Eric Horsa, Val Horsa's only child, said the couple been on a short pleasure trip to Mississippi. They left on Sunday and were due to return back Thursday afternoon.

He said his father was an experienced pilot who had been flying since 1985, flying as far as the Bahamas on trips. He said his father wasn't the type to fly in particularly hazardous weather conditions, and was experienced dealing with a variety of weather, so he speculated something mechanical may have gone wrong with the plane.

"He was a great guy. Everybody loved him," Eric Horsa said. He said his father was "hard but fair" and "still had many good years left."

He called Taew Horsa a "wonderful woman" and said she treated him like he was her own son.

FlightAware, an online tracking service, said the plane had traveled from Danbury through Blue Grass Airport in Lexington, Kentucky on Sunday before arriving that afternoon in Tunica, Mississippi — a town in the northwest part of the state known for its casinos. It left Tunica Thursday, stopping at the Mid-Ohio Valley Regional Airport in Williamstown, West Virginia, for about half an hour before leaving for Danbury at 1:25 p.m. It had been due in to Danbury shortly before 4 p.m.

Mike Safranek, operations manager at the airport, said that the agency that coordinates air traffic in the greater New York City area handed the flight's tracking over to Danbury at about 3:45 p.m., but Danbury's tower never made contact with the plane after that and it never entered the airport's airspace.

When the plane failed to arrive, the airport immediately notified local emergency responders and then the Federal Aviation Administration, he said. The subsequent investigation determined the plane had last been on radar about 8.3 miles out from the airport, across the state line in the vicinity of the Titicus Reservoir.

That triggered a search by New York authorities that began in the rain and fog Thursday night.

Lt. Bill Flynn of the New York City Department of Environmental Protection was among the searchers out late Thursday night into Friday morning. At least four search boats and divers scoured the reservoir before the search was suspended shortly after 1 a.m. due to weather conditions. It resumed Friday morning.

Officials first spotted an oil sheen in the middle of the waterway Friday, then found the seat and wheels, and later additional small pieces of debris, according to DEP spokesman Adam Bosch. The tires were found south of the sheen, he said, while other debris was found to the north.

At 3:30 p.m. he told reporters that searchers had located "human remains," as well as a laptop and clothing from the plane. Representatives of the Westchester Medical Examiner's office were responding to the scene.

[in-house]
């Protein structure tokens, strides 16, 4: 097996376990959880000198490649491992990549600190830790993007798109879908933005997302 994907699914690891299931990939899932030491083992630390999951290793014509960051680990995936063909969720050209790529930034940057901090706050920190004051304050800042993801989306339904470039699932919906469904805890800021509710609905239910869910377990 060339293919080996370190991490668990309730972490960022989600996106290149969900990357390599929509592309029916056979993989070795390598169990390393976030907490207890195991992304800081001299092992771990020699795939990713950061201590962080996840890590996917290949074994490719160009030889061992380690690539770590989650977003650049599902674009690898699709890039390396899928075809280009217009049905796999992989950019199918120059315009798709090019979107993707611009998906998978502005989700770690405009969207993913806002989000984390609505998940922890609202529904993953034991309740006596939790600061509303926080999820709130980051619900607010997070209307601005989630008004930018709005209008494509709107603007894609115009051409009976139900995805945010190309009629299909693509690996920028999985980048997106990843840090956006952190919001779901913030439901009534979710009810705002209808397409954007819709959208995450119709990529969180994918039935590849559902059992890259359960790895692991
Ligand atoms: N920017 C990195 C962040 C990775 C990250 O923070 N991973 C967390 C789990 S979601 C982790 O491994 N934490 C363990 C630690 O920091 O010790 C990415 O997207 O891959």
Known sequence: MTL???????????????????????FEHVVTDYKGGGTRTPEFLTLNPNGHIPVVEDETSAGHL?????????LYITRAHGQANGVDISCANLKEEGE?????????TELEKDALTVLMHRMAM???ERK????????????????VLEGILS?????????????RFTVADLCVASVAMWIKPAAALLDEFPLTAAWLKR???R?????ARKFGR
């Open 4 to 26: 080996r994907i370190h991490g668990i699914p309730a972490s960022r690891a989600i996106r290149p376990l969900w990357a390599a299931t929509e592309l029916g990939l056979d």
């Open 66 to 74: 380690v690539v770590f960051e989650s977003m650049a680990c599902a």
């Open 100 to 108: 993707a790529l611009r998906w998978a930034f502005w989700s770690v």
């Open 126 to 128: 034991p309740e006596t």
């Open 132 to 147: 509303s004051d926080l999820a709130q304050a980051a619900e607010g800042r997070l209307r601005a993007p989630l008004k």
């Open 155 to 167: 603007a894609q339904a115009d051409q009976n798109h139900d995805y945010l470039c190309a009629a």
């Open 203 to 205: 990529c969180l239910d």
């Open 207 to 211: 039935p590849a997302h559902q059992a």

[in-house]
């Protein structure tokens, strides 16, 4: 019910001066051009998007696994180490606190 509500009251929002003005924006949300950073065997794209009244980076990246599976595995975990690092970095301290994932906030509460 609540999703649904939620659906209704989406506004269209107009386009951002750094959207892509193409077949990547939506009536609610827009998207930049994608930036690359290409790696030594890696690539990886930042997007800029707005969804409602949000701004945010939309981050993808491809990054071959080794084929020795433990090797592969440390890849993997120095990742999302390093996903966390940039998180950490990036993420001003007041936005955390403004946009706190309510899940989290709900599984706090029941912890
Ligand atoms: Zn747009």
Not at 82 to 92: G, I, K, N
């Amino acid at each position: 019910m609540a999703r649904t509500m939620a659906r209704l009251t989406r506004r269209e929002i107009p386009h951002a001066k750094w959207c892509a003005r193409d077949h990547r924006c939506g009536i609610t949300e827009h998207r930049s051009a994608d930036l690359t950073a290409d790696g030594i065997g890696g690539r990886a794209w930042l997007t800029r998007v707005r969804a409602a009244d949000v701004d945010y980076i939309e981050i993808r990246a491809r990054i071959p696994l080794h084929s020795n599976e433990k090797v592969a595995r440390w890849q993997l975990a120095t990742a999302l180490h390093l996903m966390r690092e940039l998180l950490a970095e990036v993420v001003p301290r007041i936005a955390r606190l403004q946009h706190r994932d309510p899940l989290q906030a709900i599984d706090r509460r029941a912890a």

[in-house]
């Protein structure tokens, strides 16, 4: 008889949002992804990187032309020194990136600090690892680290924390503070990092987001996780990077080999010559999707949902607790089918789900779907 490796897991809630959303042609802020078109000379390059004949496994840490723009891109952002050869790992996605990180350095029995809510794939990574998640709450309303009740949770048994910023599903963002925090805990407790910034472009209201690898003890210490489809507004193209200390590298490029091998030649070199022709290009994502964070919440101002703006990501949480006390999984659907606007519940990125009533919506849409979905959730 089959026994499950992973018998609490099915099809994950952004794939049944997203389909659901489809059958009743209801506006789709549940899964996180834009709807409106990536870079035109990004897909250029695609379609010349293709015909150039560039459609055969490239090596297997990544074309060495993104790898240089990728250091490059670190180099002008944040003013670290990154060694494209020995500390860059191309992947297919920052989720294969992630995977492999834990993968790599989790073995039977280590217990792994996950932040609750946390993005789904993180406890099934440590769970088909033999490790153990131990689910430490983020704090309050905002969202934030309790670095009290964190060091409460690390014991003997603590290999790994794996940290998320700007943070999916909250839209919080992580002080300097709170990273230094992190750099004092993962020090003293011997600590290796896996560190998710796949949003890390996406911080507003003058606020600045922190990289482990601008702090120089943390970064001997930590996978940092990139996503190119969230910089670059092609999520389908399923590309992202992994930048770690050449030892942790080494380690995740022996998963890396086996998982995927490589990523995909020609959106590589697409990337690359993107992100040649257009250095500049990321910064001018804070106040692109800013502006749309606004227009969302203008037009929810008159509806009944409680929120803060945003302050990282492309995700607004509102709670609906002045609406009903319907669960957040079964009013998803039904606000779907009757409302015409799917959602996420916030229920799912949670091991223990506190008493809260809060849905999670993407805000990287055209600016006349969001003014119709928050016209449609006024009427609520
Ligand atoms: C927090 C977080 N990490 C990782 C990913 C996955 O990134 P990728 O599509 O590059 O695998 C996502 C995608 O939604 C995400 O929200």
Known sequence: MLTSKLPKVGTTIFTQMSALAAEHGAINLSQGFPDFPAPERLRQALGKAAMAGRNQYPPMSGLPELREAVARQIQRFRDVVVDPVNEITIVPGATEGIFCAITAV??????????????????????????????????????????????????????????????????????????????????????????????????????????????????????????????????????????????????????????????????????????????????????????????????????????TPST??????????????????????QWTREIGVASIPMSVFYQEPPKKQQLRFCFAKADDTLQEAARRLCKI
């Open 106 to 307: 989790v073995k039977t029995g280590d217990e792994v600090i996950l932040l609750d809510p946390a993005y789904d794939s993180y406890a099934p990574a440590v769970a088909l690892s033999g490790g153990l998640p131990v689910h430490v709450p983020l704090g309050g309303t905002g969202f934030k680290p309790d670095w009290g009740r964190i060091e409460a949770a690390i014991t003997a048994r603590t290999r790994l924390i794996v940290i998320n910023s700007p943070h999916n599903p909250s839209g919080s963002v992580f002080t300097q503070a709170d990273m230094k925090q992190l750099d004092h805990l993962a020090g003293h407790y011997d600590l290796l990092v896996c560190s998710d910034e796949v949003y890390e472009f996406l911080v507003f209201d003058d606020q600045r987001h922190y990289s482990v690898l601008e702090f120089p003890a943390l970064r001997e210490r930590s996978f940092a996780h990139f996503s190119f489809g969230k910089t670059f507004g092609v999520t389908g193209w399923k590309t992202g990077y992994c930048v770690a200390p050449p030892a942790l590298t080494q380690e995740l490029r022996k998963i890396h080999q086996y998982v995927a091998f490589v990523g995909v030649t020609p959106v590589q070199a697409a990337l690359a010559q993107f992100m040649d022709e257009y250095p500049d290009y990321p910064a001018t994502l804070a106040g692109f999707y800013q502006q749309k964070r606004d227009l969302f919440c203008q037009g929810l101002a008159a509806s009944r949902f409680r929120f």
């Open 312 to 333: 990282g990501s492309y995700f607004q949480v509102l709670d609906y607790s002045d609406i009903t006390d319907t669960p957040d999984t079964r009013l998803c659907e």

The reservoir is about 70 feet deep in the search area, he said.

Divers from the New York City Department of Environmental Protection and New York State Police were using sonar Friday as part of their search for the wreckage. State Police said the response also included the Croton Falls Fire Department, Yorktown Heights Fire Department, and the Civil Air Patrol.

Bosch said the search would end at sundown Friday and resume Saturday. Once the plane is located and recovered, he said, the National Transportation Safety Board is expected to send representatives to investigate the circumstances of the crash.

Safranek, at the Danbury Airport, said the gloomy weather conditions Thursday had led to a requirement pilots travel under instrument flight rules.

"Some people are comfortable flying in those conditions," he said. "Some people, when it gets that bad out, would rather not go out."

Story,  video and photo gallery: http://www.lohud.com






Eric Horsa watches from the shores of Titicus Reservoir in North Salem as rescue workers resume their search for a plane piloted by his father Val Horsa Nov 20, 2015. The plane went missing late Thursday afternoon. 



Adam Bosch, spokesman for the New York City Department of Environmental Protection, speaks about debris found from a plane in Titicus Reservoir in North Salem.



NORTH SALEM, N.Y. — A plane enthusiast, Val Horsa often took short, spontaneous trips with his wife to take a break from running their popular Thai restaurant in Danbury.

But their four-day visit to Mississippi this week might have been their last.

The couple’s son, Eric Horsa, believes his parents, Val Horsa and Taew Robinson, were on board a small plane that went missing Thursday in the area of a Westchester County reservoir on its way to Danbury Airport.